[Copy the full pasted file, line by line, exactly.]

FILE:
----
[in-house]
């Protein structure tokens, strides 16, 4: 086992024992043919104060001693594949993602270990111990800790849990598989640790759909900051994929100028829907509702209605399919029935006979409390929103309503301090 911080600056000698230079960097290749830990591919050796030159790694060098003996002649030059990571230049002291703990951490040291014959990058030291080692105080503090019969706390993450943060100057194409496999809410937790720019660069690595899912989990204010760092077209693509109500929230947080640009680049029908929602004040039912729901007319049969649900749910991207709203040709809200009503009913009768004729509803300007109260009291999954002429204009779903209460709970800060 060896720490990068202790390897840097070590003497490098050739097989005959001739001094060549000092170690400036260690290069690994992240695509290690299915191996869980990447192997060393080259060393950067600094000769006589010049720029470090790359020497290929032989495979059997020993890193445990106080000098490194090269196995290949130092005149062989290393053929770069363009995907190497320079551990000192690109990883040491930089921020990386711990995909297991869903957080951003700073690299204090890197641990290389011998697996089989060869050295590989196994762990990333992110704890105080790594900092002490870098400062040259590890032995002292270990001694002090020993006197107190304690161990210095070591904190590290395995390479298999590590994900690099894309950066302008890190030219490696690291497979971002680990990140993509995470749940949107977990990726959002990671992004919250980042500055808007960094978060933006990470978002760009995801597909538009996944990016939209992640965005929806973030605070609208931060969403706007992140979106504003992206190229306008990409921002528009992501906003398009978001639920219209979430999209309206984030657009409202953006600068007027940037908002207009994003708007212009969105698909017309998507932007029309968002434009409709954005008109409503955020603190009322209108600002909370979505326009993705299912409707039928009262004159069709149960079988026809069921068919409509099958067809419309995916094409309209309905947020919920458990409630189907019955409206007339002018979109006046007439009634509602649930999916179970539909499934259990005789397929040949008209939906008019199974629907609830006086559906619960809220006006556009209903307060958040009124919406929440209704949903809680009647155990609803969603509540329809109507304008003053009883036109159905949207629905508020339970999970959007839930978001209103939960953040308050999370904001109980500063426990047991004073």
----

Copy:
[in-house]
């Protein structure tokens, strides 16, 4: 086992024992043919104060001693594949993602270990111990800790849990598989640790759909900051994929100028829907509702209605399919029935006979409390929103309503301090 911080600056000698230079960097290749830990591919050796030159790694060098003996002649030059990571230049002291703990951490040291014959990058030291080692105080503090019969706390993450943060100057194409496999809410937790720019660069690595899912989990204010760092077209693509109500929230947080640009680049029908929602004040039912729901007319049969649900749910991207709203040709809200009503009913009768004729509803300007109260009291999954002429204009779903209460709970800060 060896720490990068202790390897840097070590003497490098050739097989005959001739001094060549000092170690400036260690290069690994992240695509290690299915191996869980990447192997060393080259060393950067600094000769006589010049720029470090790359020497290929032989495979059997020993890193445990106080000098490194090269196995290949130092005149062989290393053929770069363009995907190497320079551990000192690109990883040491930089921020990386711990995909297991869903957080951003700073690299204090890197641990290389011998697996089989060869050295590989196994762990990333992110704890105080790594900092002490870098400062040259590890032995002292270990001694002090020993006197107190304690161990210095070591904190590290395995390479298999590590994900690099894309950066302008890190030219490696690291497979971002680990990140993509995470749940949107977990990726959002990671992004919250980042500055808007960094978060933006990470978002760009995801597909538009996944990016939209992640965005929806973030605070609208931060969403706007992140979106504003992206190229306008990409921002528009992501906003398009978001639920219209979430999209309206984030657009409202953006600068007027940037908002207009994003708007212009969105698909017309998507932007029309968002434009409709954005008109409503955020603190009322209108600002909370979505326009993705299912409707039928009262004159069709149960079988026809069921068919409509099958067809419309995916094409309209309905947020919920458990409630189907019955409206007339002018979109006046007439009634509602649930999916179970539909499934259990005789397929040949008209939906008019199974629907609830006086559906619960809220006006556009209903307060958040009124919406929440209704949903809680009647155990609803969603509540329809109507304008003053009883036109159905949207629905508020339970999970959007839930978001209103939960953040308050999370904001109980500063426990047991004073």